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Bloc Québécois leader, caucus in isolation after staffer tests positive for COVID-19

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The leader of the Bloc Québécois and the party’s entire caucus are in self-isolation after a staff member tested positive for the novel coronavirus.

The preventive measure was announced Monday afternoon by the party’s spokesperson in a statement, who said members are taking the proper precautions.

“We will all be screened to ensure the health of our team and strictly adhere to public health guidelines,” said Carolane Landry in a statement. “There is no risk involved. Rest assured that we take this situation very seriously.”

READ MORE: Quebec Liberal Party Leader Dominique Anglade in isolation while awaiting COVID-19 test results

Landry said the staff member who tested positive for COVID-19, the disease caused by the virus, works in leader Yves-François Blanchet’s office.

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Bloc MPs will be working virtually while they await their test results.

The precaution comes as the parties in the House of Commons continue debating amongst themselves how the chamber will work once business resumes next week amid the ongoing COVID-19 health crisis.

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The Liberals are proposing a hybrid system which would allow some MPs to be physically present while others would participate via video conference.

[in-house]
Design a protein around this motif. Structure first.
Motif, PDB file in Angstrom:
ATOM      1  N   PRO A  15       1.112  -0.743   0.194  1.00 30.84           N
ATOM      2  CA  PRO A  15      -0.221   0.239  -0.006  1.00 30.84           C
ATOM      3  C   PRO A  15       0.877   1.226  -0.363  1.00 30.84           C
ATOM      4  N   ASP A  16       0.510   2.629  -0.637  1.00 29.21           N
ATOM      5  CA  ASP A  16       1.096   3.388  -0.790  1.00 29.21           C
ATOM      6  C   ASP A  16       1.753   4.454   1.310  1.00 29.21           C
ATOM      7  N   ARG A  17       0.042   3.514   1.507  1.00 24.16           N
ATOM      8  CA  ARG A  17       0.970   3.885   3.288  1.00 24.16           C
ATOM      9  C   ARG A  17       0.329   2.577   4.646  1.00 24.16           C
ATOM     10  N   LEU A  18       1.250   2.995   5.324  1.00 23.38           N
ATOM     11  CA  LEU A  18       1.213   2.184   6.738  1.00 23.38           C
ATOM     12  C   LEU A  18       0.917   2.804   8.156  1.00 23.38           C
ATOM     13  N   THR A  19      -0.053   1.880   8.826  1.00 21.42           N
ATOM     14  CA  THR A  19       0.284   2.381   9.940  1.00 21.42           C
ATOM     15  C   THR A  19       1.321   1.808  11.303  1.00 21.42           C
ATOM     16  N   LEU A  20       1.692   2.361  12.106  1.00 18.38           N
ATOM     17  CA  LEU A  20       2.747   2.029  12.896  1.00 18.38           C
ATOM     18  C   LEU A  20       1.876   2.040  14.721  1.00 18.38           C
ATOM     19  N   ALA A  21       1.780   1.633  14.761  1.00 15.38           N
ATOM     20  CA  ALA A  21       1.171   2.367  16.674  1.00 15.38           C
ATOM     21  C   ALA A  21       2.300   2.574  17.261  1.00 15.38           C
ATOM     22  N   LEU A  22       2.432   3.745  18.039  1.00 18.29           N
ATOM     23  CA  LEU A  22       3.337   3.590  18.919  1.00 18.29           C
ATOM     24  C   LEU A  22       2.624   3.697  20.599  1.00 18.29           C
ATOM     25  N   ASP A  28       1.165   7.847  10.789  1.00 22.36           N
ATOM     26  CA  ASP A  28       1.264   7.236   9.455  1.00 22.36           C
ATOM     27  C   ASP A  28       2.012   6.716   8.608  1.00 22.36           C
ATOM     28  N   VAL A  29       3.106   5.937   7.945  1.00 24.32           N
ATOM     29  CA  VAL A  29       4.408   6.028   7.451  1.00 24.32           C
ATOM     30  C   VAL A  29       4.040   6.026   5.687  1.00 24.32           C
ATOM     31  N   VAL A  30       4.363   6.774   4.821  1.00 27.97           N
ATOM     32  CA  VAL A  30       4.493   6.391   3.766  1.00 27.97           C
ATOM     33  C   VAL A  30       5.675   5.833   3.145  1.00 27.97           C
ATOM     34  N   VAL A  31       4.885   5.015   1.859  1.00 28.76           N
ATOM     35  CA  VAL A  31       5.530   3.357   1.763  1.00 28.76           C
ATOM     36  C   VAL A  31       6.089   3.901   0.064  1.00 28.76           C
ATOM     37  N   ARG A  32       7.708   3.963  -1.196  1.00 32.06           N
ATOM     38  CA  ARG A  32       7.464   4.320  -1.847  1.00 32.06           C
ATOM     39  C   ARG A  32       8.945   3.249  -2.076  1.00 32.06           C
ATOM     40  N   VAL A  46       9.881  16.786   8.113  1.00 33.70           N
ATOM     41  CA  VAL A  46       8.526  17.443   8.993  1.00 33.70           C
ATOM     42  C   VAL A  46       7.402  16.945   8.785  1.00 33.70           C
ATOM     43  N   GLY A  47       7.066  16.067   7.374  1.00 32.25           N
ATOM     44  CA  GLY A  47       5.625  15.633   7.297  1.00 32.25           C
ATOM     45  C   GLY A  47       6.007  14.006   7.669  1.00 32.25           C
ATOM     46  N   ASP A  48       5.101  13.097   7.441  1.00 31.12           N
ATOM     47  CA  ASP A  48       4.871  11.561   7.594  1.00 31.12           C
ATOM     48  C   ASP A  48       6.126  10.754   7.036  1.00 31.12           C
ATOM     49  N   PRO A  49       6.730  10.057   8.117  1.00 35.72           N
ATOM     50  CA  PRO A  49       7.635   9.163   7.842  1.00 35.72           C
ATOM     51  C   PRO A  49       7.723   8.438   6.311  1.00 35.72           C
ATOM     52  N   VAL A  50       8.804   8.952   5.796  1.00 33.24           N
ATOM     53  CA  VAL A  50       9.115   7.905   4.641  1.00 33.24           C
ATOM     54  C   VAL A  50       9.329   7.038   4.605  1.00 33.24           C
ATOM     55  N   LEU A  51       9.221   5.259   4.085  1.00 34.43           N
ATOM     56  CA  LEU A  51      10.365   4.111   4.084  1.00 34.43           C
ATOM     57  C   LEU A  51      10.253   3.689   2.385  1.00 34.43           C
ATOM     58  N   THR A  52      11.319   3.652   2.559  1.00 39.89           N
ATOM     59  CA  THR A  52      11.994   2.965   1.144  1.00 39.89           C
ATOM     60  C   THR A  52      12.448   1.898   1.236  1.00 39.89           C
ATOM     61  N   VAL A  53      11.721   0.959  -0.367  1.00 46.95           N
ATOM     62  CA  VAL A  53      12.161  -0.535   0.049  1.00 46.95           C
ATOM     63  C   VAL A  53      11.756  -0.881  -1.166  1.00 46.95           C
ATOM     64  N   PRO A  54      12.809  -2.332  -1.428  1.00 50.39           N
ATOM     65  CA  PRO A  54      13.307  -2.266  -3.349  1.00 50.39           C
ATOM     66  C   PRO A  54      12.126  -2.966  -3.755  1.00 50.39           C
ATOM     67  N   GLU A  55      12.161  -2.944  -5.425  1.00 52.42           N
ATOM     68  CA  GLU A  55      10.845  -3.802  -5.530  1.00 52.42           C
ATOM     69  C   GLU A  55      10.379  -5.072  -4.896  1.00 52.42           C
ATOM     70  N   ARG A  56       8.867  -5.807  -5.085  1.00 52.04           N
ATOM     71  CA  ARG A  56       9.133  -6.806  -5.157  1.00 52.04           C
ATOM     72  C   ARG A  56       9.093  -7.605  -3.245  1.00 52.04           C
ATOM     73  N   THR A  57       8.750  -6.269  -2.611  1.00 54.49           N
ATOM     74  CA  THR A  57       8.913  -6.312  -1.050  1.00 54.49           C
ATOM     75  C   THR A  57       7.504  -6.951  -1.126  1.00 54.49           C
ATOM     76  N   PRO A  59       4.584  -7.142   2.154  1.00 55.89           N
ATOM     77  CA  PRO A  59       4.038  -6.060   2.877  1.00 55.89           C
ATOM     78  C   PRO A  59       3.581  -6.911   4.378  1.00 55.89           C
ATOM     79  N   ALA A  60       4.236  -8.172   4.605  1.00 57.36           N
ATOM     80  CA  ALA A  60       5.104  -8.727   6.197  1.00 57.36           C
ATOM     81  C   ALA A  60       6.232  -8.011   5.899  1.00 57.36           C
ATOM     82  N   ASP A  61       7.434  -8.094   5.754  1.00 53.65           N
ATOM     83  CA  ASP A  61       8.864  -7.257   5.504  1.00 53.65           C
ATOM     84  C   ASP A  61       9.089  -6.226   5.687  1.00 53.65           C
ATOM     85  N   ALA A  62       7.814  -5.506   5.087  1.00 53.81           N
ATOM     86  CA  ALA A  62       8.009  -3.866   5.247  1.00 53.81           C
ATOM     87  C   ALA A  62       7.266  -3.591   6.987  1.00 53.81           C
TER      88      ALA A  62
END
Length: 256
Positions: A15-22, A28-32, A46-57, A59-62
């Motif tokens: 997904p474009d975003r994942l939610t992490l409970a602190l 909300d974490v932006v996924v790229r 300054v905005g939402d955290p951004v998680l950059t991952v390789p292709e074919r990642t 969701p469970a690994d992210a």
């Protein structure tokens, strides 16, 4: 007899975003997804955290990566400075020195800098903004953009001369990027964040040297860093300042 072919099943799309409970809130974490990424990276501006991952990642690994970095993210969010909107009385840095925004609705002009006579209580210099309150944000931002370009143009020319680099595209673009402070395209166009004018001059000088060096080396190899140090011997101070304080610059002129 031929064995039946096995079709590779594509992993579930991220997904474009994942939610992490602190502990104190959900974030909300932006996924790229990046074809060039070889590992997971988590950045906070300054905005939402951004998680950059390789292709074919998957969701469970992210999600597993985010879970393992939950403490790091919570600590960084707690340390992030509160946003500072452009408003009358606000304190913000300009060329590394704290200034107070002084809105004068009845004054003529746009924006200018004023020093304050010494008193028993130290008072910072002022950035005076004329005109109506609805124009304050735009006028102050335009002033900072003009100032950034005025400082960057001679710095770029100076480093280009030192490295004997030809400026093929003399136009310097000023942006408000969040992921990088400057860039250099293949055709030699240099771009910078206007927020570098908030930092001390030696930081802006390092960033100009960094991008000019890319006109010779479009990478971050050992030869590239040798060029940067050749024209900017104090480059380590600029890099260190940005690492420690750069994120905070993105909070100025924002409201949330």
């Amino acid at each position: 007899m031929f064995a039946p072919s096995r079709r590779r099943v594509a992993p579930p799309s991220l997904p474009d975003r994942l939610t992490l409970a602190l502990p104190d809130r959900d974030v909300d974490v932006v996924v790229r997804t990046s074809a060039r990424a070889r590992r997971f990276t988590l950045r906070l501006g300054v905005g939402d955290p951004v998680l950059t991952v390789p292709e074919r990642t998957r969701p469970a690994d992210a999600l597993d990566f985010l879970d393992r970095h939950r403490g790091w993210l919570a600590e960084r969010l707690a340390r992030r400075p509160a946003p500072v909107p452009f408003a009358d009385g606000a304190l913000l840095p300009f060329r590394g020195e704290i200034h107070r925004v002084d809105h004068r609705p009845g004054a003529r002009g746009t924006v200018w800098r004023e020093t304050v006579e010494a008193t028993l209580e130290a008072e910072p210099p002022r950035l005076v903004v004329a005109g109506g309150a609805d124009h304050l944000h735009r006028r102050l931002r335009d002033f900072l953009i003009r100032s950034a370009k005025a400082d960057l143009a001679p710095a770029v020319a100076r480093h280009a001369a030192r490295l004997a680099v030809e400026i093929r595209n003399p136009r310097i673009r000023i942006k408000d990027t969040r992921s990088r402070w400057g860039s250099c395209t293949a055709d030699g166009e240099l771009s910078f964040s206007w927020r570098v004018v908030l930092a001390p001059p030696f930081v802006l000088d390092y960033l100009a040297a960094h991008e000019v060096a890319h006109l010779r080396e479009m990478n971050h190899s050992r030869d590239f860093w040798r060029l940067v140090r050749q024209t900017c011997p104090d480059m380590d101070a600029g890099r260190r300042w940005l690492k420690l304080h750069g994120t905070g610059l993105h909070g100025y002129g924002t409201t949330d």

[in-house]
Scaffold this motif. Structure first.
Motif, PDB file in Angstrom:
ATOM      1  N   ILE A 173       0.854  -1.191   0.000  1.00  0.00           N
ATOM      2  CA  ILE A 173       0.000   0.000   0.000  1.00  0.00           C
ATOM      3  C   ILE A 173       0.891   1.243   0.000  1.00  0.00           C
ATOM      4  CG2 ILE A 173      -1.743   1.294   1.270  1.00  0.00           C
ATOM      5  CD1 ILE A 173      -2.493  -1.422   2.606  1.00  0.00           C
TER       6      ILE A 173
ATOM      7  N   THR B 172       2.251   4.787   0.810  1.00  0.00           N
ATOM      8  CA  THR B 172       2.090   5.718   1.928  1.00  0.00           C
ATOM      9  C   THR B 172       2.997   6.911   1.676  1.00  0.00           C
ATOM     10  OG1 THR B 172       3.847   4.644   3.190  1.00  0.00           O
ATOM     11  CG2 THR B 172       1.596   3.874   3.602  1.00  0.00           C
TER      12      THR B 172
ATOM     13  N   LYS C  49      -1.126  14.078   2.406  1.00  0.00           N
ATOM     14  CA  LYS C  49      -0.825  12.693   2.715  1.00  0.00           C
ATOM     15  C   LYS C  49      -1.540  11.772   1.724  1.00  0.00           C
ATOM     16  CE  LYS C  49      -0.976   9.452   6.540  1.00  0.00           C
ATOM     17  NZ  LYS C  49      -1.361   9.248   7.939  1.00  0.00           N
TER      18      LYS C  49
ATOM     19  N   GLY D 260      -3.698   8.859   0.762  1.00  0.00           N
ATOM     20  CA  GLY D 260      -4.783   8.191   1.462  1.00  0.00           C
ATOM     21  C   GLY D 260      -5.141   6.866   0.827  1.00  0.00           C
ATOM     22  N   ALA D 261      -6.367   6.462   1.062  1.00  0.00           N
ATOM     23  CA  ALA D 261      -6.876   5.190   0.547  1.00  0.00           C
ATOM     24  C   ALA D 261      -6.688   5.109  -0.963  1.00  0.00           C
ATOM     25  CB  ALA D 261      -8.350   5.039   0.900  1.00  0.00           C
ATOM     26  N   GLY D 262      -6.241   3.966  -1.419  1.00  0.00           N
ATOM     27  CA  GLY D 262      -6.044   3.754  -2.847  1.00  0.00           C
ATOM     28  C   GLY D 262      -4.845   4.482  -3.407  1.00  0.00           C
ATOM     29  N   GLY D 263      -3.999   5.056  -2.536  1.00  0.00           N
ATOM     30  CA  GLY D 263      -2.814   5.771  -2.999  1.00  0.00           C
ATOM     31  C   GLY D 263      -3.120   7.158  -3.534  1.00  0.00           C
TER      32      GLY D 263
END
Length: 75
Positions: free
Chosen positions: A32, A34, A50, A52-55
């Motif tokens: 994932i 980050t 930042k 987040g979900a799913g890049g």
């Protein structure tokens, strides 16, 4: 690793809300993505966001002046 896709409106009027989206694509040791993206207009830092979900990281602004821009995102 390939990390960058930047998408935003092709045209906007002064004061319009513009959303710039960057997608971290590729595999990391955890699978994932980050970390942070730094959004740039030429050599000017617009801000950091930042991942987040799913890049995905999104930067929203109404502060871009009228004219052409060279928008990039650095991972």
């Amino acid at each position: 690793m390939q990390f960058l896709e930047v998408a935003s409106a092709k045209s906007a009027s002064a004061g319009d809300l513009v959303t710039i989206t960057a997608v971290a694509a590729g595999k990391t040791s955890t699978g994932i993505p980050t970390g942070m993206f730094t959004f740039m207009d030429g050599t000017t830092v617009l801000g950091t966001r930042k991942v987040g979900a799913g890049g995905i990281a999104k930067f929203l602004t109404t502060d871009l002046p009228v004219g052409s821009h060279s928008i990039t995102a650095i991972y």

Government House leader Pablo Rodriguez said Monday that “definitely the NDP and the Bloc are open” to the proposal.

“We have to find a way to have those regular sittings of the House … but taking into consideration that we can’t be 338 (MPs) in the same room so we have to find a way to vote (electronically), which is the critical part here,” he said outside a cabinet retreat in Ottawa where Trudeau and his ministers were holed up.

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Rodriguez said the Commons administration is working on an application to allow for secure, transparent, remote voting but, until that can be tested, he suggested there could be “Zoom votes.” He added that he’s open to other ideas for remote voting that opposition parties might suggest.

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However, the Conservatives have indicated they are opposed to electronic voting in any form. They’ve suggested that there are safe ways for all 338 MPs to vote, such as having staggered voting with a limited number of MPs allowed into the chamber at a time.

Intergovernmental Affairs Minister Dominic LeBlanc said the Conservatives are being “completely irresponsible.” What’s happened to the Bloc is a “warning” about what can happen if too many MPs gather together in the same place, he added.

Theoretically, all 338 MPs could return to the House of Commons next week but Rodriguez said he’s hoping all parties will agree to limit the number who actually show up for the opening couple of days until they can vote on how the chamber should function going forward.

The Liberals have only a minority of seats and will thus need the support of at least one of the main opposition parties to pass their proposal for hybrid sittings with electronic voting.

With files from Global News’ Marc-André Cossette and the Canadian Press